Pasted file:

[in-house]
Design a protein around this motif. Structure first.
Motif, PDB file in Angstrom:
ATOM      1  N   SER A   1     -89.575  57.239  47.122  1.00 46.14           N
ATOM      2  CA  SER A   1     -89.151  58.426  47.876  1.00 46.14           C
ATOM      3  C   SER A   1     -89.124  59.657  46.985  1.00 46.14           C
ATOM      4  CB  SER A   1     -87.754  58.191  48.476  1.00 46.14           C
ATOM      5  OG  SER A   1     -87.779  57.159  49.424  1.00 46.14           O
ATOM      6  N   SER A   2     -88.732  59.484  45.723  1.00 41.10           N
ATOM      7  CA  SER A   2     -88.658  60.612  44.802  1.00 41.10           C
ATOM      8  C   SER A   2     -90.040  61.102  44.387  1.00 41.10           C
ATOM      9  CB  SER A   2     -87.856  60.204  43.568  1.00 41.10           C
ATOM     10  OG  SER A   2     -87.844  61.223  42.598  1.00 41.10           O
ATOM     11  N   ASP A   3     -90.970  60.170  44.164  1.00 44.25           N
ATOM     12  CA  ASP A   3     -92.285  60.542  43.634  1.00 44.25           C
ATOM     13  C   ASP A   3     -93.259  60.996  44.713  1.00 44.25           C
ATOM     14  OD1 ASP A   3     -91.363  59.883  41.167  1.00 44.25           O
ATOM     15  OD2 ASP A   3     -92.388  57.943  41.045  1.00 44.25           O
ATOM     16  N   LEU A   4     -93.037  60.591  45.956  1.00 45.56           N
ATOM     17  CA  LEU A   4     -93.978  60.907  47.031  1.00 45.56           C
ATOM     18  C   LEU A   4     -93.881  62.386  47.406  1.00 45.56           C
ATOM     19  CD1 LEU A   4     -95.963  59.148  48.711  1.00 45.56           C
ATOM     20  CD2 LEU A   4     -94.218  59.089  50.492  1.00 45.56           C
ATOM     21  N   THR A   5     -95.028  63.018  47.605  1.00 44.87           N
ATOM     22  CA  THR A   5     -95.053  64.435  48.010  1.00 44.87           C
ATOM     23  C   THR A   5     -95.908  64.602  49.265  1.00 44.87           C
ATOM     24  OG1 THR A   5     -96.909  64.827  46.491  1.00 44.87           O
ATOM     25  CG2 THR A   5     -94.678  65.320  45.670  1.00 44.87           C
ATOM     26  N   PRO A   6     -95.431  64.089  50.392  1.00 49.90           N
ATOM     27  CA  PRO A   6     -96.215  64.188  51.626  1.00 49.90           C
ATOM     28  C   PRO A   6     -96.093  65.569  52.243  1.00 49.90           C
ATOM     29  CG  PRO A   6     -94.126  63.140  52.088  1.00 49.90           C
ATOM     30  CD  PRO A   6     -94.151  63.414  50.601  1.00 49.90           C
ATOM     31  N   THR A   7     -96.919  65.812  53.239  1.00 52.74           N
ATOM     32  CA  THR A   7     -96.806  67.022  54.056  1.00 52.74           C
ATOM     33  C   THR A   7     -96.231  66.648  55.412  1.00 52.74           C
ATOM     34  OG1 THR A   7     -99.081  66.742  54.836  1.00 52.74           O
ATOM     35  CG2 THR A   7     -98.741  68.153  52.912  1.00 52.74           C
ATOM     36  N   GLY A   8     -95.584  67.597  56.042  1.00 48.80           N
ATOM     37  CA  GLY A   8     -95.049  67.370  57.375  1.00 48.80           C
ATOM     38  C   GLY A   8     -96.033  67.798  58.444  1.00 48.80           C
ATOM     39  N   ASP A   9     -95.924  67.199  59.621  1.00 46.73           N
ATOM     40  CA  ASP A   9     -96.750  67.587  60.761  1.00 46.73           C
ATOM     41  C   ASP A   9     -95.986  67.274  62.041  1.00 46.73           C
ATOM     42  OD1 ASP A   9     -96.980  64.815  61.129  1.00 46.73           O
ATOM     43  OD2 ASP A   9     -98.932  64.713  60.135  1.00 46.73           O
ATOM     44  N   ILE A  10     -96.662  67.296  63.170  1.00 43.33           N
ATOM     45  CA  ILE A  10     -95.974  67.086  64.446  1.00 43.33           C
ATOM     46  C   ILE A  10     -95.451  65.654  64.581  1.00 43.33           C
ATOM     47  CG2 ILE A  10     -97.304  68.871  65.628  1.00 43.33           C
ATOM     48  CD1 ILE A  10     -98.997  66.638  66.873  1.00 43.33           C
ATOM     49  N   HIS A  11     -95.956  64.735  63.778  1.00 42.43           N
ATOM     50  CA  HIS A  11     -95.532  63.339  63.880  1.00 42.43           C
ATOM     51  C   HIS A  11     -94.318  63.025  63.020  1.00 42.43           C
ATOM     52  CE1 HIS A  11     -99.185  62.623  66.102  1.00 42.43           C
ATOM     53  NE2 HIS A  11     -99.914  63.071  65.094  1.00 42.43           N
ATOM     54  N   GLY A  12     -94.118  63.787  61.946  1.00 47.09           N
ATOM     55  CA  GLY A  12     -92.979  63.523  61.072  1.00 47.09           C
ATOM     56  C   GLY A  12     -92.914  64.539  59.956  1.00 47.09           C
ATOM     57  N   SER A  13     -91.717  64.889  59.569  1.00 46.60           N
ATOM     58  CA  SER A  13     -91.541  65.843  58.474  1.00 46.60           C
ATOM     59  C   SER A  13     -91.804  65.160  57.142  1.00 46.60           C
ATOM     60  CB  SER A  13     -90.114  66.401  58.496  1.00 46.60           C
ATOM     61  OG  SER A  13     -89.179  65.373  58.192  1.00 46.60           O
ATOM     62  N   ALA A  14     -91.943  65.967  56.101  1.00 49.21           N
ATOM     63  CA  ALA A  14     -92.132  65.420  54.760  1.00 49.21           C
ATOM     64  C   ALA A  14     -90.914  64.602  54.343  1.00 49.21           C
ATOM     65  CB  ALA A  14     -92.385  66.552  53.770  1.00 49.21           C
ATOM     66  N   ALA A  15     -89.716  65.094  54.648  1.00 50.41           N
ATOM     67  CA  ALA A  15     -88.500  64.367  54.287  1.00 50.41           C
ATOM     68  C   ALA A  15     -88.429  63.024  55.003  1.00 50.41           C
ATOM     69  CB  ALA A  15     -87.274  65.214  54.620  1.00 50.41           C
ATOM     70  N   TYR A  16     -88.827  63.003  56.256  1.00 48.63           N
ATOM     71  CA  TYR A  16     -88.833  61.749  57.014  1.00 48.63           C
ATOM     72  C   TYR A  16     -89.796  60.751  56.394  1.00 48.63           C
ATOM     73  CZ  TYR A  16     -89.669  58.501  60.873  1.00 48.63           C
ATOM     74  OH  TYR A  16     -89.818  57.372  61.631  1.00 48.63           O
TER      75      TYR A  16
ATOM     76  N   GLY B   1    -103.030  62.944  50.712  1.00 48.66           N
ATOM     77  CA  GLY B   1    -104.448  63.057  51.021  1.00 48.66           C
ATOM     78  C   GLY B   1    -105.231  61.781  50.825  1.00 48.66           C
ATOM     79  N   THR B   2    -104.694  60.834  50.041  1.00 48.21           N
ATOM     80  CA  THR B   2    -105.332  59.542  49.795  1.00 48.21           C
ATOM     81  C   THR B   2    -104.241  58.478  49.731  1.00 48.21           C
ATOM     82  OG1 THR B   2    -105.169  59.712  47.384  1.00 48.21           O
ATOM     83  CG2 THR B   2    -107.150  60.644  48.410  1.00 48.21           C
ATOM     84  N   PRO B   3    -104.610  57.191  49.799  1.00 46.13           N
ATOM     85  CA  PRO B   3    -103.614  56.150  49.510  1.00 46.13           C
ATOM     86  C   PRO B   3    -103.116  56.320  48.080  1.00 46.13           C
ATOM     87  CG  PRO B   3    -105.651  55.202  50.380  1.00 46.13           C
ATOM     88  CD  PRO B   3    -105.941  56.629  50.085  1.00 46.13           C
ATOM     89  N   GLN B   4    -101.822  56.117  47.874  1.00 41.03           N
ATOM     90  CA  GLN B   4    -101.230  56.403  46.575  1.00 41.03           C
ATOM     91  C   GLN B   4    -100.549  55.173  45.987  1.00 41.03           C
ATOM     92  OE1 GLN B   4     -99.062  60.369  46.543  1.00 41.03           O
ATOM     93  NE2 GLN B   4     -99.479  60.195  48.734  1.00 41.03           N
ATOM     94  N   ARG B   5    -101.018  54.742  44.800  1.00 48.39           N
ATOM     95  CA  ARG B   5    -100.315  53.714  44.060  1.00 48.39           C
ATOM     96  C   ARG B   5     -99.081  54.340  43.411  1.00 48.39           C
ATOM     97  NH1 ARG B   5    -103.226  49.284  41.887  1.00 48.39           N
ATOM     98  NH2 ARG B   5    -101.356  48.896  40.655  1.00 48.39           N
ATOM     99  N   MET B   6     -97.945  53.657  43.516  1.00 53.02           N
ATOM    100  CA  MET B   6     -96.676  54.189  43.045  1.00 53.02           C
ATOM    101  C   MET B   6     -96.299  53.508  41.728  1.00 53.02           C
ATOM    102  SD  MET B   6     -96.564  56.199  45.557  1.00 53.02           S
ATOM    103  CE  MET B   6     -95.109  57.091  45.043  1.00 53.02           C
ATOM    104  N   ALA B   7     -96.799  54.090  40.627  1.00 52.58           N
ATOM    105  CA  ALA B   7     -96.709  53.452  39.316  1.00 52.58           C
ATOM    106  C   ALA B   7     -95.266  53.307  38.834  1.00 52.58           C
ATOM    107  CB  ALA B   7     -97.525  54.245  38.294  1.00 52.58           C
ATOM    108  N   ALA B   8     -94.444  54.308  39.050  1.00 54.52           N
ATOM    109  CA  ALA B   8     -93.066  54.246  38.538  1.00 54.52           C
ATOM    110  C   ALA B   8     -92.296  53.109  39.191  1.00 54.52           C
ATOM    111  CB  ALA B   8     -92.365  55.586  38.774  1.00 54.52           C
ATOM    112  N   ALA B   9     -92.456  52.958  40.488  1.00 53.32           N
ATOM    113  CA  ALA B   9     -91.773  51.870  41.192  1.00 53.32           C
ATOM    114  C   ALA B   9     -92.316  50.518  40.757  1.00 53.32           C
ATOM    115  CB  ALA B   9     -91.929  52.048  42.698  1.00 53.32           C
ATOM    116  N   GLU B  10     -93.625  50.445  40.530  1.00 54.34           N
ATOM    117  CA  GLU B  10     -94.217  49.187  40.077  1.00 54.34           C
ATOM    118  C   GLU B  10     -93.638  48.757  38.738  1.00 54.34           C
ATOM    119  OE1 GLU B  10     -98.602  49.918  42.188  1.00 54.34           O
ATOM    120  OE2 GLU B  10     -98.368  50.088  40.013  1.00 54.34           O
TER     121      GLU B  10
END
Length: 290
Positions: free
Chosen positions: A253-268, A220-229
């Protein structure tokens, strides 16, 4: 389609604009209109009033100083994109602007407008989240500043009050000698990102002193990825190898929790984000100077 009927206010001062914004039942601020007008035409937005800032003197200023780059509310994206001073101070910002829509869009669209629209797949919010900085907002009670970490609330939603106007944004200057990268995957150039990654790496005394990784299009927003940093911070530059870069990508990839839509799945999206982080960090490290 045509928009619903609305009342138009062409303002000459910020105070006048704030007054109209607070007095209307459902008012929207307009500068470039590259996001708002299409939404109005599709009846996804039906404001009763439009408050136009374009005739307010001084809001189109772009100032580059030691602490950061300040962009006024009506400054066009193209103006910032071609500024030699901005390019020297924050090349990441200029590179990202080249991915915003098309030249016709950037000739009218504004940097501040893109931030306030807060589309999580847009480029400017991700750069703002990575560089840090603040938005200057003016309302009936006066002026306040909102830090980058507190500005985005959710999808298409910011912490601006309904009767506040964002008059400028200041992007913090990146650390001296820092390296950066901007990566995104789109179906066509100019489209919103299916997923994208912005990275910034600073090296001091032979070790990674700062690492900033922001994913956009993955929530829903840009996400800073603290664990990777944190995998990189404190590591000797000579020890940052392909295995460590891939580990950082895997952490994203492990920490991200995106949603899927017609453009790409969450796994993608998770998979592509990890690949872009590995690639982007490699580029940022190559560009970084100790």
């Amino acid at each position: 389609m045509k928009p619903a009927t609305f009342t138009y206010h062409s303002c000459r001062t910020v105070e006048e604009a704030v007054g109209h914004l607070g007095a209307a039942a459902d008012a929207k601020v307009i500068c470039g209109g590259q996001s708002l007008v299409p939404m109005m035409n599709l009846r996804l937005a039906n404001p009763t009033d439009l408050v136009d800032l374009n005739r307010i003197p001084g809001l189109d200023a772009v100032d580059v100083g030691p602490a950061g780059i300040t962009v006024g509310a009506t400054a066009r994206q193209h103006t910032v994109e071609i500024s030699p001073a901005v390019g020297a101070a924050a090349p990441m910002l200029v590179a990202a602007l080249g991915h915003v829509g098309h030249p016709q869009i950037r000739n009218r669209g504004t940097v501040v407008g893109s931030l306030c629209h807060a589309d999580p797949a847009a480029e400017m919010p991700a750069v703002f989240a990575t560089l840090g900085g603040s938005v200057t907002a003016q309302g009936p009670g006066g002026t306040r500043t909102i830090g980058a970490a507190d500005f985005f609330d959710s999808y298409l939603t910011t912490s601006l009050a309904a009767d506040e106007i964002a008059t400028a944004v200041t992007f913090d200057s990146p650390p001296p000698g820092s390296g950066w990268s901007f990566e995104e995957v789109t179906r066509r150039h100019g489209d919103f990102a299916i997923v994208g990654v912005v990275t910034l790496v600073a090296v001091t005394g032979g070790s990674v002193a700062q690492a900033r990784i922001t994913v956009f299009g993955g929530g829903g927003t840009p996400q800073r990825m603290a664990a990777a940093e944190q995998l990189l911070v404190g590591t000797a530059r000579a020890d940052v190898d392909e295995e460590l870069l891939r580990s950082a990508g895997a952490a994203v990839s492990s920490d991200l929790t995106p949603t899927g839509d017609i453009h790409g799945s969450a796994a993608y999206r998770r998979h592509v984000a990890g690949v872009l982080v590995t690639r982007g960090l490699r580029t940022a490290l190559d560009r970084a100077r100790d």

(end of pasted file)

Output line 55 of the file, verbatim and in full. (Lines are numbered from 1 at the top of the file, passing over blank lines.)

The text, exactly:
ATOM     52  CE1 HIS A  11     -99.185  62.623  66.102  1.00 42.43           C